married Margery, daughter of John Bray, and niece of Sir Reginald Bray. She brought and inherited a good deal of property, and he was able to greatly improve The Vyne, being possibly assisted architecturally by Sir Reginald Bray. By her he had Thomas, who succeeded as second baron; John, deputy at Guisnes; Reginald, whom his father describes as ‘my unthrifty son Reynold Sandys, the priest’ (ib. vi. 1307, 1390; cf. vii. 49); and several daughters.
[Challoner Chute's History of The Vyne; Burrows's Hist. of the Family of Brocas; Burke's Extinct and Dormant Peerage; Friedmann's Anne Boleyn, ii. 58, &c.; Letters and Papers Henry VIII (many references); Brewer's Henry VIII, ii. 2; Froude's Hist. of Engl. ii. 506; State Papers, Henry VIII, i. 20, &c., vi. 170, 598, vii. 11, viii. 357, &c.; Wriothesley's Chron. i. 45; Strype's Annals, iii. ii. 65, Mem. i., i. 79, ii. i. 8, iii. i. 494.]
SANDYS, WILLIAM (1792–1874), antiquary, eldest son of Hannibal Sandys (1763–1847) and his wife Anne (d. 1850), daughter of William Hill, was born at 5 Crane Court, Fleet Street, London, on 29 Oct. 1792. He was educated at Westminster School 1800–8, and in January 1814 was admitted solicitor. From 1861 to 1873 Sandys was head of the firm of Sandys & Knott, Gray's Inn Square; and he was also commissioner of affidavits in the stannary court of Cornwall, and a fellow of the Society of Antiquaries. In 1873 he retired; and on 18 Feb. 1874 he died at his residence, 10 Torrington Square, London. He was buried at Kensal Green on 23 Feb. He married, first, on 13 Jan. 1816, Harriette, daughter of Peter Hill of Carwythenack, Cornwall (she died on 3 Aug. 1851); and secondly, on 6 Sept. 1853, Eliza, daughter of Charles Pearson of Ravensbourne House, Greenwich.
An enthusiastic musical amateur from youth, Sandys studied the violoncello under Robert Lindley, and was also a zealous antiquary. He had a singular faculty of mental arithmetic. His first work, ‘A History of Freemasonry,’ appeared in 1829; the next, in 1831, was a disquisition upon ‘Macaronic Poetry,’ with specimens. ‘A Selection of Christmas Carols,’ with the tunes, followed in 1833; this volume is of permanent value to the musical antiquary. In 1846 he issued ‘Specimens of Cornish Dialect;’ he edited a volume of old ‘Festive Songs’ for the Percy Society (1848); and in 1852 he wrote a tract upon ‘Christmastide, its History, Festivities, and Carols.’ He is best remembered by his share in Sandys and Forster's ‘History of the Violin’ (1864). He was mainly responsible for the earlier part.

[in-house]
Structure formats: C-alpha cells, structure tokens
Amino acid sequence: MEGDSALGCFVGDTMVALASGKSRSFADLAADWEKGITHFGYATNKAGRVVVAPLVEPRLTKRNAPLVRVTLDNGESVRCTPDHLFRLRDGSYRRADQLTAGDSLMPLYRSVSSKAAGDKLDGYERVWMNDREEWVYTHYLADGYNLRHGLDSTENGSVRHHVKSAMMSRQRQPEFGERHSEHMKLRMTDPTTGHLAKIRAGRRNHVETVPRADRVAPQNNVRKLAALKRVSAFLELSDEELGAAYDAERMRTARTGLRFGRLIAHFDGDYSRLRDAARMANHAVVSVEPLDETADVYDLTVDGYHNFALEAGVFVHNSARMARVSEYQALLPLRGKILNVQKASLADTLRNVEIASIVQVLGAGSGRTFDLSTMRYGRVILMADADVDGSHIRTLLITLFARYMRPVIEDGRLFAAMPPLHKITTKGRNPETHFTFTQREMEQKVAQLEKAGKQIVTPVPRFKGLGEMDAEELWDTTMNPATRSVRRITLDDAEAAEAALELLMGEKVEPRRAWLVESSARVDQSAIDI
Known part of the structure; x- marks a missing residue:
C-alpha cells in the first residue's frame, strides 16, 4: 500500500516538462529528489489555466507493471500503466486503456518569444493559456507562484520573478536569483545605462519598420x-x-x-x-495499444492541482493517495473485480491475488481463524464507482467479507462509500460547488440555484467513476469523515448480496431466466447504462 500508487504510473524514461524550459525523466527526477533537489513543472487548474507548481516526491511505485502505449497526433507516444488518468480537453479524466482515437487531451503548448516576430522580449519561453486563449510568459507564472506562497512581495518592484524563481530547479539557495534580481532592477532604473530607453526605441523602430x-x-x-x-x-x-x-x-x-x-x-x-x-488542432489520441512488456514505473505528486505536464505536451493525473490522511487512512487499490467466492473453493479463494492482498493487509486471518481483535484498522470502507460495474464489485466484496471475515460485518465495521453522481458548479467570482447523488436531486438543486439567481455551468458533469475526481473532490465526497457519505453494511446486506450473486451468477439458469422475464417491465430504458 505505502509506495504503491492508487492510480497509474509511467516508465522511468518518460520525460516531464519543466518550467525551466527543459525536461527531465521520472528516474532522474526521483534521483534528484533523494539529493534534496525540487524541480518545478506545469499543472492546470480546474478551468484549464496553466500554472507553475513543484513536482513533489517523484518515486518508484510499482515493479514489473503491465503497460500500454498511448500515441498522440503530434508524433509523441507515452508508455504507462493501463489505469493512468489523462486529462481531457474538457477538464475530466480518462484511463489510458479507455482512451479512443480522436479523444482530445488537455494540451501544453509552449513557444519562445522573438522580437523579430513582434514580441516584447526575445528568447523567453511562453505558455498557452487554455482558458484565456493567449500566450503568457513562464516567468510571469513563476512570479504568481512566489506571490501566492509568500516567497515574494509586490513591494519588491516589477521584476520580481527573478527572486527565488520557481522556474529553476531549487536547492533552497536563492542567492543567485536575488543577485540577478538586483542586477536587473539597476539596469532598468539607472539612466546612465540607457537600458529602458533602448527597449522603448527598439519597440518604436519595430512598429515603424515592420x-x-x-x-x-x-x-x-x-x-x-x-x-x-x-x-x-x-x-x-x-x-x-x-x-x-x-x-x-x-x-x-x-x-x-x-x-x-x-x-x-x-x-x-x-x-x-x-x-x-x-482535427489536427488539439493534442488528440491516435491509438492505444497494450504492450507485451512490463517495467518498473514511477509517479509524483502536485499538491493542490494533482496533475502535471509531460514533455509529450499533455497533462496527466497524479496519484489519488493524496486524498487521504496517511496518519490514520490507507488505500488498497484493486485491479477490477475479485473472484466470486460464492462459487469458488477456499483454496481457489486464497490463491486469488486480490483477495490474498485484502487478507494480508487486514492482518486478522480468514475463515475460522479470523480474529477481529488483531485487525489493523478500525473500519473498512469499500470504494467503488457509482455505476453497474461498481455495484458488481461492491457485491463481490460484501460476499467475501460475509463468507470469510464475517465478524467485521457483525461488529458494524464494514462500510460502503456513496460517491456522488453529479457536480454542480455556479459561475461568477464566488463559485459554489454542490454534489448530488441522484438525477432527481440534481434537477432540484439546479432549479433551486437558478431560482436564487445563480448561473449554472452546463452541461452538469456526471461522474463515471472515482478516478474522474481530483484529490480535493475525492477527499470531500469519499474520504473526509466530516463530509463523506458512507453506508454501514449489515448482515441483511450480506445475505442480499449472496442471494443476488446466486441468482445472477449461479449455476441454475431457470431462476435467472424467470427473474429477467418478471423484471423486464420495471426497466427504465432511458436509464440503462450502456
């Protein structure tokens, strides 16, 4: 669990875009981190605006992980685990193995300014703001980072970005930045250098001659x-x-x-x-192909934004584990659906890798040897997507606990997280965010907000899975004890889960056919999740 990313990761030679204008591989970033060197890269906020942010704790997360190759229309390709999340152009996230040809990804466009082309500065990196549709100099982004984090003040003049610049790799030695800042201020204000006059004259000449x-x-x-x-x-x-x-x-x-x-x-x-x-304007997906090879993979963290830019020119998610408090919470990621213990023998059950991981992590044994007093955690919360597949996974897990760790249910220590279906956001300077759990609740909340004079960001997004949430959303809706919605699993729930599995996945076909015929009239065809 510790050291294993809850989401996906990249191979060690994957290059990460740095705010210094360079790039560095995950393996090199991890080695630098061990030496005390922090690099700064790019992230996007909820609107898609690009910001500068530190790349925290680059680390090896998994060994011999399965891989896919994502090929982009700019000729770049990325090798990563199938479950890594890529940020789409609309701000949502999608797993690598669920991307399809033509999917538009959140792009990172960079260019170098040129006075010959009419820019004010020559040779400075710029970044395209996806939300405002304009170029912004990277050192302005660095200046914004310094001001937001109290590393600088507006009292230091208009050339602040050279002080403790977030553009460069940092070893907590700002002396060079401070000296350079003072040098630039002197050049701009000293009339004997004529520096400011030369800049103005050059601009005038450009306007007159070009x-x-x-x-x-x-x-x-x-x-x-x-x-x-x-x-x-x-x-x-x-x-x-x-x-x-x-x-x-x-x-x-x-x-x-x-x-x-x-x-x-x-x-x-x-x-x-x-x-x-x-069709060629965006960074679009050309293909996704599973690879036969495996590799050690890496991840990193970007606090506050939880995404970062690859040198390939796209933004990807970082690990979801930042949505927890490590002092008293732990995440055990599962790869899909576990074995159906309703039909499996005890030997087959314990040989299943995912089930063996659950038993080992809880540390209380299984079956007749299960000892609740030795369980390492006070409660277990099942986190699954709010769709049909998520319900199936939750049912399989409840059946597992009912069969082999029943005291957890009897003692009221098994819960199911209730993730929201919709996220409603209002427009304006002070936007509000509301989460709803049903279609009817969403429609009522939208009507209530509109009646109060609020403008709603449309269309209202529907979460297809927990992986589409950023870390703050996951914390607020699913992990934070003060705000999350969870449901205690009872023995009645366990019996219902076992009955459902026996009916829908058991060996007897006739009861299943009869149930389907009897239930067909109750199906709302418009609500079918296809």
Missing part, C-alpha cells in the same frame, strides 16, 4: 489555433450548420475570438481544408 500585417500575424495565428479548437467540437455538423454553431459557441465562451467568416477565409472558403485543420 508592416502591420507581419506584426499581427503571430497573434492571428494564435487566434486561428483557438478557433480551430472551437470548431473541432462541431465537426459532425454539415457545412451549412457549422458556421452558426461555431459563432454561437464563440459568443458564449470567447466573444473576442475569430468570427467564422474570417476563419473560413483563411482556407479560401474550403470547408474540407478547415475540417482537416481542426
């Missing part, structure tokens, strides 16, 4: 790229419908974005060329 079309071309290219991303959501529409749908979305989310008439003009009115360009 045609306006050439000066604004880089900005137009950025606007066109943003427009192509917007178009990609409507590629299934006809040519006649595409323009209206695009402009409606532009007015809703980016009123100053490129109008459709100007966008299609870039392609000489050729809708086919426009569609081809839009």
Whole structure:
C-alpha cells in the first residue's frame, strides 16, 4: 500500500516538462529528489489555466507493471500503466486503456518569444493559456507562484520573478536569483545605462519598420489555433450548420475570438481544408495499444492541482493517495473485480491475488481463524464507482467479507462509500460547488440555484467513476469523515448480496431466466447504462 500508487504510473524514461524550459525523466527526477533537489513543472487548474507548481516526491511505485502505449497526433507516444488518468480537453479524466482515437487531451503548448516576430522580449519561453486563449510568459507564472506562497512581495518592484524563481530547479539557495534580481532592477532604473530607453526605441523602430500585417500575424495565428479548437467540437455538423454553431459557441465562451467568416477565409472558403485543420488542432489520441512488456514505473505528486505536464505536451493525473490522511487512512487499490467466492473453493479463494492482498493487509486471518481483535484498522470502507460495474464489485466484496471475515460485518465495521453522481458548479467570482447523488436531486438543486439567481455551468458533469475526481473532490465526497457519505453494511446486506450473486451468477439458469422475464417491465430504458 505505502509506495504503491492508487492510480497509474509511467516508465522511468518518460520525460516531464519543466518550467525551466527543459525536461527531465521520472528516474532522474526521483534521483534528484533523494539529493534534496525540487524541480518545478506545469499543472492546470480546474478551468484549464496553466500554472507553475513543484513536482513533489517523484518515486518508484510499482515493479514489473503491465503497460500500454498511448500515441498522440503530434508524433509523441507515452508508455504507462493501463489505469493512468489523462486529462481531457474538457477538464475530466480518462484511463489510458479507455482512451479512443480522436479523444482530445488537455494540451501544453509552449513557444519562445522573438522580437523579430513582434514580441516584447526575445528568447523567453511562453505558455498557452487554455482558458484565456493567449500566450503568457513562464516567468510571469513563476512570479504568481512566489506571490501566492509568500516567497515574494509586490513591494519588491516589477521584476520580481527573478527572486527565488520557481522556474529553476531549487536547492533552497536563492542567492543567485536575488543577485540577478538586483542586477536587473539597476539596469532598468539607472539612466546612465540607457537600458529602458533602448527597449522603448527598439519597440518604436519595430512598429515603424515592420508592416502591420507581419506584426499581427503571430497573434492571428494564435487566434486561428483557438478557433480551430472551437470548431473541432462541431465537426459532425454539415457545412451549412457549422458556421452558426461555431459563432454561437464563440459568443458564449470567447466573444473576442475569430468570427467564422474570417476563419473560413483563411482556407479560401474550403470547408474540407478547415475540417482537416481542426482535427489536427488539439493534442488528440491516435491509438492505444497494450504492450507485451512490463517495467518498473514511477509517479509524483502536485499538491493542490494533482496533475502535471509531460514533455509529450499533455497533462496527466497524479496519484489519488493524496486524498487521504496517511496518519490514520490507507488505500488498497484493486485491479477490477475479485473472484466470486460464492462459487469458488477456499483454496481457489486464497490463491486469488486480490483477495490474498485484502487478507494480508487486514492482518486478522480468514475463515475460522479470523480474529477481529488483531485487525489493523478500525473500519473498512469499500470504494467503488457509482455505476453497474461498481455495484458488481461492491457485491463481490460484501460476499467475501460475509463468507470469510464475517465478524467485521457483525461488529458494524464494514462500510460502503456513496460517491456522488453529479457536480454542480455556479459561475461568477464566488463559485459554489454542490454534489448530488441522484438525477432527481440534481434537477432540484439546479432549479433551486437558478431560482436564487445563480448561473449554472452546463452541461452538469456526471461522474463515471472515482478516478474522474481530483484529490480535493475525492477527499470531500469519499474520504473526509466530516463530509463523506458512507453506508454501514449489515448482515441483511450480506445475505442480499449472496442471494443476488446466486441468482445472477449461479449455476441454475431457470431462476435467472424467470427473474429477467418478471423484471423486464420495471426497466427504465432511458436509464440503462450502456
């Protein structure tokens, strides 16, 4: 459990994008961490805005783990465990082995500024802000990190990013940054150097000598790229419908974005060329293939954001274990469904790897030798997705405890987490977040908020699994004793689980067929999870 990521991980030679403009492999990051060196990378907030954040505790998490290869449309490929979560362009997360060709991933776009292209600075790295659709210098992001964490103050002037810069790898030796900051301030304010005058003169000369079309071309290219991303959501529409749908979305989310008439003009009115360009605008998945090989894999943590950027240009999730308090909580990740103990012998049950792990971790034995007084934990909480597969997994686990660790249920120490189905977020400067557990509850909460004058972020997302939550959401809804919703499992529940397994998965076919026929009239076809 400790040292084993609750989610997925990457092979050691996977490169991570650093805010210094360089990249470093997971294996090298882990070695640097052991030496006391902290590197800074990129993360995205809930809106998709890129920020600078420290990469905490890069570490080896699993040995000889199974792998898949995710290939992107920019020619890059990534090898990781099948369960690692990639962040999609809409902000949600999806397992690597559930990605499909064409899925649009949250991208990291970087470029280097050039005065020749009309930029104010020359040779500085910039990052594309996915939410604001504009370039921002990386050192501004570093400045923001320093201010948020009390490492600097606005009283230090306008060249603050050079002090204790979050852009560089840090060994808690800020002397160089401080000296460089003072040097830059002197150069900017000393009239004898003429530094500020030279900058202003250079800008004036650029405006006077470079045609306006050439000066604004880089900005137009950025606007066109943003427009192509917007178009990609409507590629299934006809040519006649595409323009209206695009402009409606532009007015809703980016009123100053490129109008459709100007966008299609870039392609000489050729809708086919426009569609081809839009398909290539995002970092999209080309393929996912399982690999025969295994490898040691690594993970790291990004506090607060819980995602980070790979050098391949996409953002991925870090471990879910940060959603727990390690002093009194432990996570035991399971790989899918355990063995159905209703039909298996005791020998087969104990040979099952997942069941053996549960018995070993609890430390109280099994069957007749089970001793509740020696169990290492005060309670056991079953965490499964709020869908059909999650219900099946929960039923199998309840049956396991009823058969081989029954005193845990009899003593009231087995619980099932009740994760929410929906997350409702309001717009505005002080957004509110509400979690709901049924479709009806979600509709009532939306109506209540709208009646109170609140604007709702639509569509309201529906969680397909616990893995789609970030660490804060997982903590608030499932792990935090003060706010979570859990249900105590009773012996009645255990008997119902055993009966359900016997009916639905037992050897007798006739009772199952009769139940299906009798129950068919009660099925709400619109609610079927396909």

[Sandys's Works; Boase and Courtney's Bibliotheca Cornubiensis, pp. 627, 1333, where a full bibliography is given; Grove's Dict. of Music and Musicians, iii. 225; Times, 18 Dec. 1874; Law Journal, ix. 134.]
SANFORD. [See also SANDFORD.]
SANFORD, JOHN LANGTON (1824–1877), historical writer, born at Upper Clapton, London, on 22 June 1824, studied at University College, London. Afterwards entering at Lincoln's Inn, he read in the chambers of Mr. (afterwards Sir) John Richard Quain [q. v.], and was called to the bar in 1855, but never practised. From 1852 to the end of 1855 he was joint editor of the ‘Inquirer,’ established as a unitarian organ in 1842. From 1861 till his death he contributed to the ‘Spectator.’ The occupation of his life was the study of English history. He published in 1858 ‘Studies and Illustrations of the Great Rebellion’ (some of which appeared originally in the ‘Christian Reformer,’ under the signature of ‘Sigma’). ‘The Great Governing Families of England,’ which appeared in 1865, 8vo, in 2 vols., was written in conjunction with Mr. Meredith Townsend, and was originally contributed to the ‘Spectator.’ Sanford's ‘Estimates of English Kings’ (published in 1872, 8vo) was also reproduced from the ‘Spectator.’
On points of genealogy and of topographical and parliamentary history Sanford's knowledge was singularly minute and full; his power of realising the personages of history, great and small, was marked by keen sensibility and a wide range of sympathies. Among his closest friends were Walter Bagehot [q. v.] and William Caldwell Roscoe [q. v.] For many years his eyesight was failing, and early in 1875 he became totally blind. After the death of his sister Lucy he removed, in May 1876, from London to Evesham, Worcestershire. He died at Evesham on 27 July 1877, and was buried in the graveyard of Oat Street Chapel.
[Inquirer, 4 Aug. 1877; information from R. H. Hutton, esq.; personal recollection.]
SANFORD or SANDFORD, JOSEPH (d. 1774), scholar and book collector, was son of George Sanford of Topsham, near Exeter. He matriculated from Exeter College, Oxford, on 6 April 1709, aged 17, and was a fellow commoner there until 22 Dec. 1712. On 21 Oct. 1712 he graduated B.A. (M.A. 16 June 1715, B.D. 9 Nov. 1726), and about 1715 he was elected to a fellowship at Balliol College.
Sanford did not take orders until the statutes of the college rendered it essential